Bullet to the Head makes a decent (if perhaps too-obvious) effort to give its story a bit of the spice and flavor of its New Orleans setting, and a sassy blues score by Steve Mazzaro sets the unpretty tone of the film, with Sarah Shahi furnishing skank appeal as Bobo’s bastard tattoo artist daughter. But the main attraction here is always Sylvester Stallone. In addition to getting into a brutal Turkish bath fight, Stallone has a climactic, adrenaline-pumping axe duel with Momoa that earned the movie an extra half-star from this reviewer. Truly an experience to elicit affirmative Tim Allen chimp grunts from seasoned remote control warriors everywhere, Walter Hill’s Bullet to the Head is aggressively recommended to proud dick owners only.

4.5 stars. Ideological Content Analysis indicates that Bullet to the Head is:

11. Sexist! One of Bobo’s rules as a hit man is “no women, no children”. A modern, sexually enlightened, and gender-blind gentleman would be just as eager to kill marked women as men. The climactic confrontation involves a damsel in distress.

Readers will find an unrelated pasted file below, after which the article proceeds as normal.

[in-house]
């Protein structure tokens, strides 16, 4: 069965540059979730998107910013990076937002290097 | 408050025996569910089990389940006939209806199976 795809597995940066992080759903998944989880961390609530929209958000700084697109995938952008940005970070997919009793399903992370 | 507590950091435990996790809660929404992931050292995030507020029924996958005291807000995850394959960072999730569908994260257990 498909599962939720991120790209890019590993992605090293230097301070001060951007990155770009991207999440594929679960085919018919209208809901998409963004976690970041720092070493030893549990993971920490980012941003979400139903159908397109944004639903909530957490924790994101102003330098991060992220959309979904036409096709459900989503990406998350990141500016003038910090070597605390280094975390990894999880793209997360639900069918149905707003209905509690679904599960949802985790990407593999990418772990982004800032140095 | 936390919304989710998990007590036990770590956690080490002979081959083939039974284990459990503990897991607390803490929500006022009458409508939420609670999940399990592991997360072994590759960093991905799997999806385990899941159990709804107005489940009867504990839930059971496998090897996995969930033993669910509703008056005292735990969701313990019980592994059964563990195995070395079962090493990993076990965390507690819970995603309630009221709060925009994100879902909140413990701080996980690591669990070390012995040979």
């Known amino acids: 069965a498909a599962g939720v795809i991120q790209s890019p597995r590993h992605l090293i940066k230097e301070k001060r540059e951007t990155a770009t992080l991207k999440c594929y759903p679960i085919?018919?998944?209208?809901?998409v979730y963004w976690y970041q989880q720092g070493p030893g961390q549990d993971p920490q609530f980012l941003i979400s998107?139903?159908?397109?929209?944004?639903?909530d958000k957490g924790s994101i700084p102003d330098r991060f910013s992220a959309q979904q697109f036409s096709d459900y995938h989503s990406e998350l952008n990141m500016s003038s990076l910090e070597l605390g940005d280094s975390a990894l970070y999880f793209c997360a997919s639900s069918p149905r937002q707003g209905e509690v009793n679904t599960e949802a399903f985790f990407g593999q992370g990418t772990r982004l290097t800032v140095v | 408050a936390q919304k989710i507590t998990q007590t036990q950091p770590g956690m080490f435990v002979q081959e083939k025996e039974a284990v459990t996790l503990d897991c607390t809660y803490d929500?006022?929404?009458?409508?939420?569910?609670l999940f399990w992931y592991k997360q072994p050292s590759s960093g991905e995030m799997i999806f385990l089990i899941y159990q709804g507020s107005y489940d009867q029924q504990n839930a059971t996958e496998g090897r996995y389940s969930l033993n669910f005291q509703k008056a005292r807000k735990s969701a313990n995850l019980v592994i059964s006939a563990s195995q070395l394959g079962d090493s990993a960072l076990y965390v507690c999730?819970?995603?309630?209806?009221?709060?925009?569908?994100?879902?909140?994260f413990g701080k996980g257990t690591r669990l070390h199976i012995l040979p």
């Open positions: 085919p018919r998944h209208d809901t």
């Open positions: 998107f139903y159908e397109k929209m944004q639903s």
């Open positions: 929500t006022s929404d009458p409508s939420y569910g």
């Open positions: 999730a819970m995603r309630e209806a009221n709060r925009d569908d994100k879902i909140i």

10. Anti-Christian. A foul-mouthed, coke-and-booze-binging jerk (Holt McCallany) wears a crucifix. One of the villains is named Baptiste.

9. Anti-redneck. “I don’t trust that redneck prick.”

8. Pro-gay. Lesbians tango at a costume ball.

7. Anti-Slav. As in Pain and Gain, The Heat, and A Good Day to Die Hard, the Slavic woman is defined by sleaze.

6. Pro-torture. Sadism is an asset in interrogating a captive.

5. Drug-ambivalent. Bobo is a heavy drinker, but is no less effective for it. His daughter’s mother is a dead junkie hooker. (see also no. 10)

4. Un-p.c. Bobo calls Kwon “Confucius”, etc.

3. Multiculturalist/pro-miscegenation. Kwon hooks up with Bobo’s daughter. New Orleans appears as a happy (albeit catastrophically corrupt) multiracial city, with blacks and whites mingling to hear some jazz.